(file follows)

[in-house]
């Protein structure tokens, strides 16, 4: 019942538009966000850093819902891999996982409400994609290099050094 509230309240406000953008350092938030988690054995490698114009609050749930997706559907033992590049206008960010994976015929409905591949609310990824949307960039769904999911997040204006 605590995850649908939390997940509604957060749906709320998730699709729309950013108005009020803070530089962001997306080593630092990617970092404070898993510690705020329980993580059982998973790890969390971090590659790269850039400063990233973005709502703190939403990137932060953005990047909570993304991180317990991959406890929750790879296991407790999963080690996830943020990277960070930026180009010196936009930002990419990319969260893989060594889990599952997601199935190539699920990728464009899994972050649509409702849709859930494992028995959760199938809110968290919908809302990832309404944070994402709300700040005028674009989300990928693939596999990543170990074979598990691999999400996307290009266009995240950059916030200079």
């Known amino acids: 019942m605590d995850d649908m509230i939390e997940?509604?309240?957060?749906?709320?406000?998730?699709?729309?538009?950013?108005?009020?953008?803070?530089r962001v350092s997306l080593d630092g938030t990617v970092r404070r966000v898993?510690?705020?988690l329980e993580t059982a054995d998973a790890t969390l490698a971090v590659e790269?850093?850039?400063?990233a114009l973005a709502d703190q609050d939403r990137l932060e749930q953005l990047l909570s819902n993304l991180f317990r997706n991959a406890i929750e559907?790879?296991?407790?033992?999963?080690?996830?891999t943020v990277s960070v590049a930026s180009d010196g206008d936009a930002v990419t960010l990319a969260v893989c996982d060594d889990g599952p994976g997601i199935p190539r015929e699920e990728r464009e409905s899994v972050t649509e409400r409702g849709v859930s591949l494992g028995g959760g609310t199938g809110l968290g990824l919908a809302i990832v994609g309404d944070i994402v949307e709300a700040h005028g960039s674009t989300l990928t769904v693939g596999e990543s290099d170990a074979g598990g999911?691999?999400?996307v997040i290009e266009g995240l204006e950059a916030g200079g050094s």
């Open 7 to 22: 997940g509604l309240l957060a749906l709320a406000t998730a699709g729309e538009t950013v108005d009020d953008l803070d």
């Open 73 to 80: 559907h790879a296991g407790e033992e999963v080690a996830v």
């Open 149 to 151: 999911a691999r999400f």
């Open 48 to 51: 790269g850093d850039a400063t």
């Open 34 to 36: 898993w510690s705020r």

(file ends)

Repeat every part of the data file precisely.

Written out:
[in-house]
């Protein structure tokens, strides 16, 4: 019942538009966000850093819902891999996982409400994609290099050094 509230309240406000953008350092938030988690054995490698114009609050749930997706559907033992590049206008960010994976015929409905591949609310990824949307960039769904999911997040204006 605590995850649908939390997940509604957060749906709320998730699709729309950013108005009020803070530089962001997306080593630092990617970092404070898993510690705020329980993580059982998973790890969390971090590659790269850039400063990233973005709502703190939403990137932060953005990047909570993304991180317990991959406890929750790879296991407790999963080690996830943020990277960070930026180009010196936009930002990419990319969260893989060594889990599952997601199935190539699920990728464009899994972050649509409702849709859930494992028995959760199938809110968290919908809302990832309404944070994402709300700040005028674009989300990928693939596999990543170990074979598990691999999400996307290009266009995240950059916030200079």
């Known amino acids: 019942m605590d995850d649908m509230i939390e997940?509604?309240?957060?749906?709320?406000?998730?699709?729309?538009?950013?108005?009020?953008?803070?530089r962001v350092s997306l080593d630092g938030t990617v970092r404070r966000v898993?510690?705020?988690l329980e993580t059982a054995d998973a790890t969390l490698a971090v590659e790269?850093?850039?400063?990233a114009l973005a709502d703190q609050d939403r990137l932060e749930q953005l990047l909570s819902n993304l991180f317990r997706n991959a406890i929750e559907?790879?296991?407790?033992?999963?080690?996830?891999t943020v990277s960070v590049a930026s180009d010196g206008d936009a930002v990419t960010l990319a969260v893989c996982d060594d889990g599952p994976g997601i199935p190539r015929e699920e990728r464009e409905s899994v972050t649509e409400r409702g849709v859930s591949l494992g028995g959760g609310t199938g809110l968290g990824l919908a809302i990832v994609g309404d944070i994402v949307e709300a700040h005028g960039s674009t989300l990928t769904v693939g596999e990543s290099d170990a074979g598990g999911?691999?999400?996307v997040i290009e266009g995240l204006e950059a916030g200079g050094s």
């Open 7 to 22: 997940g509604l309240l957060a749906l709320a406000t998730a699709g729309e538009t950013v108005d009020d953008l803070d």
């Open 73 to 80: 559907h790879a296991g407790e033992e999963v080690a996830v």
């Open 149 to 151: 999911a691999r999400f």
């Open 48 to 51: 790269g850093d850039a400063t």
């Open 34 to 36: 898993w510690s705020r």